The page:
Because you seem to be equating "religion" with *your* particular approach to faith, it sounds a lot like you're saying that the only way to have an organized religious tradition is to place an asymmetrical relationship with the gods, in which the gods hold the power and authority, at the center of one's religious life. But it seems to me that we have many, many examples of long-lasting religious traditions that do not at all include your view of faith as inherently or necessarily asymmetrical. Is that what you meant to say, or have I misunderstood your point here?

Ali said...

Another point that intrigues me, that you didn't really get into in this post but that I'd love to hear more about, is the exact nature of how you listen to your gods. That is, how this asymmetrical relationship with them actually manifests for you. Your example of the synchronicity of the conversation with the masseuse is interesting, but it doesn't sound like anything different from the experiences someone might have if they had a more equal relationship with their god(s), or even someone who didn't believe in or have a relationship with any god(s) at all.

I left this comment on John's original post, and I'll reshare it here because I think it has some bearing:

"Maybe I'm just not special enough to be on any god’s mailing list — but I’m rarely on the receiving end of so obvious or direct a message from the gods that it includes how high I need to jump or which bridge I should be jumping from. My spiritual life is much more an on-going process of deep listening to a complex web of urges, attractions, distractions and repulsions, the various sources of which are just as often in the natural world around me or in my own psyche as in some externalized god-form. I might sometimes talk about my relationship with my gods in terms of “messages” or guidance or inspiration, but it’s almost always metaphorical, not literal.

It seems like for Elani, and others, it's hubris to question the instructions of the gods. For me, it seems deeply arrogant to be too eager to attribute our various impulses to some external deity, to clothe our instincts or intuitions in the finery of divine inspiration as a way of elevating or ennobling them. It seems hubris to act on our assumptions that we are receiving and hearing such messages correctly, without first turning a very careful and critical eye on all of the ways our own desires, assumptions and projections might be biasing us.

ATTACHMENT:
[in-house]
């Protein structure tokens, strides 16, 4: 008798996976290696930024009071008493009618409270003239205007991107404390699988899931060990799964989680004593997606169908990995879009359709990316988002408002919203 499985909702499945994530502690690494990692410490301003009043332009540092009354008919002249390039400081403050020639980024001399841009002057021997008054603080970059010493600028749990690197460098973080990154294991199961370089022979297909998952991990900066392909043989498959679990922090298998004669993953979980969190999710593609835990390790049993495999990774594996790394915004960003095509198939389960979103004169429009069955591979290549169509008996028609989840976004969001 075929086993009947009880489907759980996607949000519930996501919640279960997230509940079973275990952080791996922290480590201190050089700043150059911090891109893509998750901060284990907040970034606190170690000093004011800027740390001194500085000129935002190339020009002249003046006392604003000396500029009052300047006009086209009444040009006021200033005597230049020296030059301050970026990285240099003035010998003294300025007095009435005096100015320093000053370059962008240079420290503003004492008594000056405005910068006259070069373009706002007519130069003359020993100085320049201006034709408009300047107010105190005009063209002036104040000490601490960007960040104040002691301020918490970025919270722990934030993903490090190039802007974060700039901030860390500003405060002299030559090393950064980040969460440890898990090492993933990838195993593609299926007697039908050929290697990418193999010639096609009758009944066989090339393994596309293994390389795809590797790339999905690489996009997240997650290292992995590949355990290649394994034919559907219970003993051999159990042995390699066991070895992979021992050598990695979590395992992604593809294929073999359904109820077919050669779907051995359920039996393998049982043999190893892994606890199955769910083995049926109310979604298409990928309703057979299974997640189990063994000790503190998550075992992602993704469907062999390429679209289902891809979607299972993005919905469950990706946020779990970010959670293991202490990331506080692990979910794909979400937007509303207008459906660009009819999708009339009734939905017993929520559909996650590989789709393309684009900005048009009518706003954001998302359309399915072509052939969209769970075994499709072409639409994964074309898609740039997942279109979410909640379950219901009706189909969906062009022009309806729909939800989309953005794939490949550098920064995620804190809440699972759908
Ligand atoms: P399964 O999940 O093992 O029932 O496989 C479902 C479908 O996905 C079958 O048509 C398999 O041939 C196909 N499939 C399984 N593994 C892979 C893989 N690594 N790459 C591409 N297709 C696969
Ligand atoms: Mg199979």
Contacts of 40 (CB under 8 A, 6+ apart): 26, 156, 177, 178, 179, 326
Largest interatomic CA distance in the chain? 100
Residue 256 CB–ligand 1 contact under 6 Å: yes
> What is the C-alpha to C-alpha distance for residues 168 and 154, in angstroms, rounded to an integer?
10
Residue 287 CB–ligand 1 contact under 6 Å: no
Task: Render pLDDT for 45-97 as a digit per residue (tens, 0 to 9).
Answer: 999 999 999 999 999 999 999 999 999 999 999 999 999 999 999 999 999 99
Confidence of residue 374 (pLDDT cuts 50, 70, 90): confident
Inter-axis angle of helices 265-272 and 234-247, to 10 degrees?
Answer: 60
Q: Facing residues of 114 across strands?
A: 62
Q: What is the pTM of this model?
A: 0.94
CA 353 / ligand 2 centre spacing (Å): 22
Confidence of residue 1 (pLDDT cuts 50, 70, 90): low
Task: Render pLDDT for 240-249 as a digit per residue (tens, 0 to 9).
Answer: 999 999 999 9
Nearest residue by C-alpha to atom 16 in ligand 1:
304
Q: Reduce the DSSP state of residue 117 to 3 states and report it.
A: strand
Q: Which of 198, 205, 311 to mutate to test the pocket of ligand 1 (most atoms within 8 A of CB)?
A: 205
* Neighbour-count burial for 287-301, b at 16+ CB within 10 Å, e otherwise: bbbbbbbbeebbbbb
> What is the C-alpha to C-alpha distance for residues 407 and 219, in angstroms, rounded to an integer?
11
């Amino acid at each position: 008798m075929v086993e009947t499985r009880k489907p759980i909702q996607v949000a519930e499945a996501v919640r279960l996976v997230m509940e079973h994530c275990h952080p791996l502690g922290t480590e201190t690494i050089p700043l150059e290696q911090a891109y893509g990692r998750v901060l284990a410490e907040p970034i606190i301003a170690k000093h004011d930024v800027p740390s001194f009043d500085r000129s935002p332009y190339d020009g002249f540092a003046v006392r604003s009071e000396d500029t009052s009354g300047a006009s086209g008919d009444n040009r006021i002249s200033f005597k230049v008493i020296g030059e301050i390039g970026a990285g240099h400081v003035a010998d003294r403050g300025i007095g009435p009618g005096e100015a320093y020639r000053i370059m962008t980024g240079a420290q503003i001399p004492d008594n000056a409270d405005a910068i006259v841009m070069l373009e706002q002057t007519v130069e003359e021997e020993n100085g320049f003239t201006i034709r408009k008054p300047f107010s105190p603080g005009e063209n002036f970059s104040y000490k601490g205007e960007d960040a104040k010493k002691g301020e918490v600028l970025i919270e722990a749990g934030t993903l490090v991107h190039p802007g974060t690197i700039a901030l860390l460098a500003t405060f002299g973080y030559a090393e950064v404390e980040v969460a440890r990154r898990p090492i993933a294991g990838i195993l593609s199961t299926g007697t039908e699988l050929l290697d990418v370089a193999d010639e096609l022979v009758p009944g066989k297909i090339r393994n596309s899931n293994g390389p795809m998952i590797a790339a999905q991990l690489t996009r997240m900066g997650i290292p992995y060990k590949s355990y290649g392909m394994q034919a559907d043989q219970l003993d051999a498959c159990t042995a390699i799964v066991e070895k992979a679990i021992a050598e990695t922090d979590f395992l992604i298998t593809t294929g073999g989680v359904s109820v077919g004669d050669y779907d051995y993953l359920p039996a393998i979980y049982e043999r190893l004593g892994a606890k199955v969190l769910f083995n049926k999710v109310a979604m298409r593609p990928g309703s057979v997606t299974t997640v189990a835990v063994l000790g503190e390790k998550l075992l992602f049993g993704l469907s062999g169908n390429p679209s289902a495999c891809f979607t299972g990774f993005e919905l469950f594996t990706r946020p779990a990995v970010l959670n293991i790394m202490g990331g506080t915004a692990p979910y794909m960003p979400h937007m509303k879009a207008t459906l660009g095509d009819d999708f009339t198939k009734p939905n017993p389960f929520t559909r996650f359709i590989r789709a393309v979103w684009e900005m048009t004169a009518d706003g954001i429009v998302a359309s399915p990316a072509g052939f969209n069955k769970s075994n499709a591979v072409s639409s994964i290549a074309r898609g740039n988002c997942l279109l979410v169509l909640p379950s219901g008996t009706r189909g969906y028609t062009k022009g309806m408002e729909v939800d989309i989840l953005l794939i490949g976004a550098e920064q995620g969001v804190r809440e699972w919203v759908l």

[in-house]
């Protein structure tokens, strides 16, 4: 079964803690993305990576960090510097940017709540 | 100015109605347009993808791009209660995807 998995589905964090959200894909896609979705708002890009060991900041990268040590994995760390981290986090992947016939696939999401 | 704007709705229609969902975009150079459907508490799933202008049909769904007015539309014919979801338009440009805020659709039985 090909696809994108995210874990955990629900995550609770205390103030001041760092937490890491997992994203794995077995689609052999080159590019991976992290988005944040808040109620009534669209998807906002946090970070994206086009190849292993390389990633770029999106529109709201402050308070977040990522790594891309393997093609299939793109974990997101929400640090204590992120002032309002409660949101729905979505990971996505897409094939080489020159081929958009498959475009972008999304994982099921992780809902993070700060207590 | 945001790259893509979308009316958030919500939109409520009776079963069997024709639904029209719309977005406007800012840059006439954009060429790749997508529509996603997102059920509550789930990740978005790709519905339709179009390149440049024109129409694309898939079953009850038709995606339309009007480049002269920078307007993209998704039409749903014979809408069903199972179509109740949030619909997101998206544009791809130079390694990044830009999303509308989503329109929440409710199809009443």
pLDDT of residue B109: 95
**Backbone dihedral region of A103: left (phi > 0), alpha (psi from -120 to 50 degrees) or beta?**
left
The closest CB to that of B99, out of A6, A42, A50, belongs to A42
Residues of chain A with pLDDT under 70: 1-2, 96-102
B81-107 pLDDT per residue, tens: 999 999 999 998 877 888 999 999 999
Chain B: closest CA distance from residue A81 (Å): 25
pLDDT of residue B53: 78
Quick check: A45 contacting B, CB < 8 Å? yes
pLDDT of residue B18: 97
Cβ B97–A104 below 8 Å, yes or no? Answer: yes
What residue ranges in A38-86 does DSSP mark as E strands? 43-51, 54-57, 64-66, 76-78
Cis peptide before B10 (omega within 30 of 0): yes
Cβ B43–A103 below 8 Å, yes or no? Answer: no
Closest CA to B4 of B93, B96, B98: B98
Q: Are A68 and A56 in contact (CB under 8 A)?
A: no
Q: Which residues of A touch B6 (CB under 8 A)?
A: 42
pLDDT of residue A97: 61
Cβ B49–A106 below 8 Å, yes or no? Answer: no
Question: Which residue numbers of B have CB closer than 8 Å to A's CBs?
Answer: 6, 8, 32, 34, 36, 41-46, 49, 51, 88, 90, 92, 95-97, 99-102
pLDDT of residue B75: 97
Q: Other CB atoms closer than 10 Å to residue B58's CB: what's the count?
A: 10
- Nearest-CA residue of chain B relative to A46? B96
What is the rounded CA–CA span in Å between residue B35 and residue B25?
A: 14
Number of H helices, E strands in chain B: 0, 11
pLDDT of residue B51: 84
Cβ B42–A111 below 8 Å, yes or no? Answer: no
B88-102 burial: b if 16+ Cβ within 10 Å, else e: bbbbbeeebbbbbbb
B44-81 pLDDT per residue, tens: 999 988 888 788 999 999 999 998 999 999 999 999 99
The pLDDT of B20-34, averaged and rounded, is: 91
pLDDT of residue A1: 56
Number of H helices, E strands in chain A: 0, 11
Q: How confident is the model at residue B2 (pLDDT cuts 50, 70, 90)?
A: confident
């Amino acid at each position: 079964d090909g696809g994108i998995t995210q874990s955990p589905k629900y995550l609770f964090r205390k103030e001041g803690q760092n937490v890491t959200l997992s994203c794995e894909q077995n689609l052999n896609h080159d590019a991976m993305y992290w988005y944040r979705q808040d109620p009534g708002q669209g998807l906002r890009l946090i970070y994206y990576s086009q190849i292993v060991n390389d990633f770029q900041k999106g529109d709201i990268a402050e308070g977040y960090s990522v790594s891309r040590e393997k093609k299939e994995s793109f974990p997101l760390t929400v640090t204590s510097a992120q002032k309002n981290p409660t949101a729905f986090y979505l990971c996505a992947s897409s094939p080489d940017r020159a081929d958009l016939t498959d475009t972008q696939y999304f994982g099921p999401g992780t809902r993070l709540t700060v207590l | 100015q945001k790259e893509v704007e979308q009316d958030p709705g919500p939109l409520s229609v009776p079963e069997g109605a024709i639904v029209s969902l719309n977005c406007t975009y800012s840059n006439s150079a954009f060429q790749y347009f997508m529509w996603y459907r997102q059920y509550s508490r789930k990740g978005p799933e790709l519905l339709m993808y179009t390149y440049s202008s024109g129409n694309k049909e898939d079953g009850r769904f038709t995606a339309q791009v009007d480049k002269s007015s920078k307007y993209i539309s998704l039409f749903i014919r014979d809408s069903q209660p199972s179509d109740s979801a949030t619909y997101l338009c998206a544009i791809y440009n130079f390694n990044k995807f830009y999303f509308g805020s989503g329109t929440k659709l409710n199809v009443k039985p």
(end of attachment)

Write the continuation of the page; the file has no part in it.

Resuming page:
Which is not to say that I don’t believe there is some transcendent divine reality that transcends not only our individual selves, but also our human and more-than-human/natural communities as well. But determining what influence that transcendent divinity has on our lives has, for me, always been an exercise in retrospective contemplation, where the patterns of coincidence and chance resolve into a coherent and beautiful melody even when, at the time, I was only ever bumbling along doing my best to tease out the signal from the noise."

I guess my question for you is, how does an asymmetrical relationship with the gods help you to "tease out the signal from the noise"? If you believe that your deities really are real, external beings separate from yourself, then how do you guard against attributing your own desires and biases to them? In other words, how do you avoid making your gods "in your own image"? What process of discernment do you use to distinguish authentic communications from your deities from your own projections or sentimental imaginings? And what are those authentic communications actually like?

Sorry to bombard you with so many questions. I find this conversation really intriguing, and I hope you'll have a chance to explore some of these issues. Thanks for being willing to share and open yourself up to criticism.

Elani Temperance said...